I happened on a great article recommended on Twitter composed by a corporate recruiter in Western, MA. Jobhunters of any age and experience level would do well to understand the resume review process from her vantage point.
She writes about the frustration of dealing with lots and lots of resumes:
“Yesterday I took an hour to scan and file a massive amount of résumés. Two reasons here: my record retention, and the hiring manager’s ease of access… Out of scanning and indexing frustration, I tweeted yesterday that no one needs a two-page résumé. Originally, it was because I had to bust out the staple remover, merge two PDF pages, etc. If the two page résumé was printed out on the front AND back? Forget it—that back page will not see the light of day. I hope all of the pertinent info was on the first page.”
She writes about how she reviews the resumes:
“What I look for are two aspects. The first: Do you meet the base qualifications required for this position? I look for this information quickly—maybe a “skills” area where you tell me about software you’re proficient in. Do you have a college degree? Maybe your skills are highlighted in each position you discuss. Either way, these pieces should stand out.
The second aspect I look for is this: Does your job history tell me that you could handle the responsibilities of our current opening? This one is tricky. How do you do this without writing out your entire life story? Maybe you don’t have all of the experience, but you know you could learn it quickly—so how will I know that?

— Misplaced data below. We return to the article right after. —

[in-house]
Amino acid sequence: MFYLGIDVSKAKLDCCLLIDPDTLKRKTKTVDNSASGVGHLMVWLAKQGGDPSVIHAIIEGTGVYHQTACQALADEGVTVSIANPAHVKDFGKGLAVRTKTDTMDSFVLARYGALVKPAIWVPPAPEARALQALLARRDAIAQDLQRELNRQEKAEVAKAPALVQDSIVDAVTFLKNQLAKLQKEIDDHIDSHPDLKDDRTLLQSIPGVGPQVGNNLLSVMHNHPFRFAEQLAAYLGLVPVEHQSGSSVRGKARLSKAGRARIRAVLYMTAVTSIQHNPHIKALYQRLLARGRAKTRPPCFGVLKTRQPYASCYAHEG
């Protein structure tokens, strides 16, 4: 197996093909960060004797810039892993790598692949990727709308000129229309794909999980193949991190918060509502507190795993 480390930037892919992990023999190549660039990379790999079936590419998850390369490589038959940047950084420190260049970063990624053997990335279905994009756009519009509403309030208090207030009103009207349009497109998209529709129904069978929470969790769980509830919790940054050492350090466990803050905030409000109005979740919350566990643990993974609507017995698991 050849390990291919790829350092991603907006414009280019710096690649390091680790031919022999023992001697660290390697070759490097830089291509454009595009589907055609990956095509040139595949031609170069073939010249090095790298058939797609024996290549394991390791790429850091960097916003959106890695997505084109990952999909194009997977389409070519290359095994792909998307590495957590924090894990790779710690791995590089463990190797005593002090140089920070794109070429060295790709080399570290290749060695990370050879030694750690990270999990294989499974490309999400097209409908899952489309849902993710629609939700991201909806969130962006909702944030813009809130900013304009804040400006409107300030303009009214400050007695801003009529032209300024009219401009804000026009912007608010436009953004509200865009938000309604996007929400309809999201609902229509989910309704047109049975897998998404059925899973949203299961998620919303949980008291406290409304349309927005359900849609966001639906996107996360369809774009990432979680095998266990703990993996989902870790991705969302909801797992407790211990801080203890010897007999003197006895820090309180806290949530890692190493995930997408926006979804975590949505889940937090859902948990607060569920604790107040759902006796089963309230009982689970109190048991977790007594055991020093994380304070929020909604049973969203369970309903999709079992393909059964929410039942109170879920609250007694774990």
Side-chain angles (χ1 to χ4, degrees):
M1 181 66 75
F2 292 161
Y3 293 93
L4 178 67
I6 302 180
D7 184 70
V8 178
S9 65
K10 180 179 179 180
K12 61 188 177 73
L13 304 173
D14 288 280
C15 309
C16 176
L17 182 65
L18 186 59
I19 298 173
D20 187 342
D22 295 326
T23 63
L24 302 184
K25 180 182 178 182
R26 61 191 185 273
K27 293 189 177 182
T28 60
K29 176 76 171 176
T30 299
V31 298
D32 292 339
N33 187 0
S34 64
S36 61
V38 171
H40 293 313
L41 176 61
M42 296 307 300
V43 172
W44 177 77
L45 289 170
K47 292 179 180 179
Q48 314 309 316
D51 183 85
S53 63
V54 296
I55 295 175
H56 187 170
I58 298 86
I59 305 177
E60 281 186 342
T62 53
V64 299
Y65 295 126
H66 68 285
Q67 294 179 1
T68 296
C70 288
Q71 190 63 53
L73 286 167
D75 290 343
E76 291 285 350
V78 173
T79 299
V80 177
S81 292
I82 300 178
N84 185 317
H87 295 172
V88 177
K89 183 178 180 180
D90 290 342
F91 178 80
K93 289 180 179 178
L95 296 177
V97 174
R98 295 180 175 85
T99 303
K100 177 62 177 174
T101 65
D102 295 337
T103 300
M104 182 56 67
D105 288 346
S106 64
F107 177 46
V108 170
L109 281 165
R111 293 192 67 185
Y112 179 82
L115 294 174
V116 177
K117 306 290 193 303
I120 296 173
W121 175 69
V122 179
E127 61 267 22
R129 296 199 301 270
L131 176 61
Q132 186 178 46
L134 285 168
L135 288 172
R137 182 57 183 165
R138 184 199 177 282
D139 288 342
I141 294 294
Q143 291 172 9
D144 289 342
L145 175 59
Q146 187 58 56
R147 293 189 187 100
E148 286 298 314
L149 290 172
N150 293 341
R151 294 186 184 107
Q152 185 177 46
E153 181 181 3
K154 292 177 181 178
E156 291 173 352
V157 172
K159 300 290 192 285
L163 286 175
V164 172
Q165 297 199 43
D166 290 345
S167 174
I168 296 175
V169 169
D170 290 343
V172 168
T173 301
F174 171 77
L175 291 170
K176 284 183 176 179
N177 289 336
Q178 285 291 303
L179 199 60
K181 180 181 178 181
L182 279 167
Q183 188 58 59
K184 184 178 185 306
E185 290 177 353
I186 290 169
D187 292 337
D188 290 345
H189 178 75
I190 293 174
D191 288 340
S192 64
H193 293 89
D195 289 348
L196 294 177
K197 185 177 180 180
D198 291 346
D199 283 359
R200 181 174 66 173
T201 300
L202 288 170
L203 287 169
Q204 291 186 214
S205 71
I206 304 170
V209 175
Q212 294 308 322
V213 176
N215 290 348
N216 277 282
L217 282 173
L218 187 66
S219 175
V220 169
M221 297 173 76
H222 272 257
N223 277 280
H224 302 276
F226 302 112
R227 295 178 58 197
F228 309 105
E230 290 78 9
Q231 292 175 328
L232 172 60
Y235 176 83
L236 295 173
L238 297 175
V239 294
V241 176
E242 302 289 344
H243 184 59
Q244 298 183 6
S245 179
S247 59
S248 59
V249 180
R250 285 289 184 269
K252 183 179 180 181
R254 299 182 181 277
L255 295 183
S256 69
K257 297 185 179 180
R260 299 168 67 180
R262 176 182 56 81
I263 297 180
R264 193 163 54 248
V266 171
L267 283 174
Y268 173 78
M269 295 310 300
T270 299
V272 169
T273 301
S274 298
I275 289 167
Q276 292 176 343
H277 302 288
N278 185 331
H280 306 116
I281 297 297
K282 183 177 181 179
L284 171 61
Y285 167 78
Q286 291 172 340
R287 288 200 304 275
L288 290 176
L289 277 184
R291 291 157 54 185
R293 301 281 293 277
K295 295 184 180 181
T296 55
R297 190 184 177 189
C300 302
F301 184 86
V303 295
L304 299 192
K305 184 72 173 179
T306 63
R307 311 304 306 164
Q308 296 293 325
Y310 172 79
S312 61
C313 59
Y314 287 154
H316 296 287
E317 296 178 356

This is where excellent communication skills come in. Short, succinct descriptions of your role at that company are perfect. Were you just a plebe who got coffee, but then you rose up to become an account executive in a short period of time? AWESOME. Tell me that in one shot. Don’t feel compelled to write out each position you held in the company on the way there.
I also don’t need to know about your various daily tasks, unless you think it’s absolutely relevant to the position in question. If you tell me in the skills section that you are proficient in Excel, there is no need to also write under your job at ABC Industries that you created tracking spreadsheets. What I want to know is that you created a more efficient process… if you think that is important to the position.”
She writes about the lessons from all of this that the Jobhunter should keep in mind:
“The key to this? Short. Sweet. I am visually scanning, sometimes even running through the documents with a highlighter, or putting your skills and qualifications into a rubric so I can pit you against other candidates. The best way to make this process easier for me is to keep it simple.
In both aspects, it is important to tailor your résumé to the job description you are applying for. Make it easy for the hiring person to see that you have the qualifications. Think of it this way: A cover letter is “tell.” A résumé is “show.” Show, don’t just tell me that you’re the right person for the job.
Do you get where I’m going here? You have to start thinking like me. Scary thought, I know. But it is important that you don’t blitz HR people with résumés, because we can absolutely tell when candidates haven’t put any thought into the position. Look at the job description as your insight to the employer’s mind. They are (hopefully) being very clear with their requirements.”
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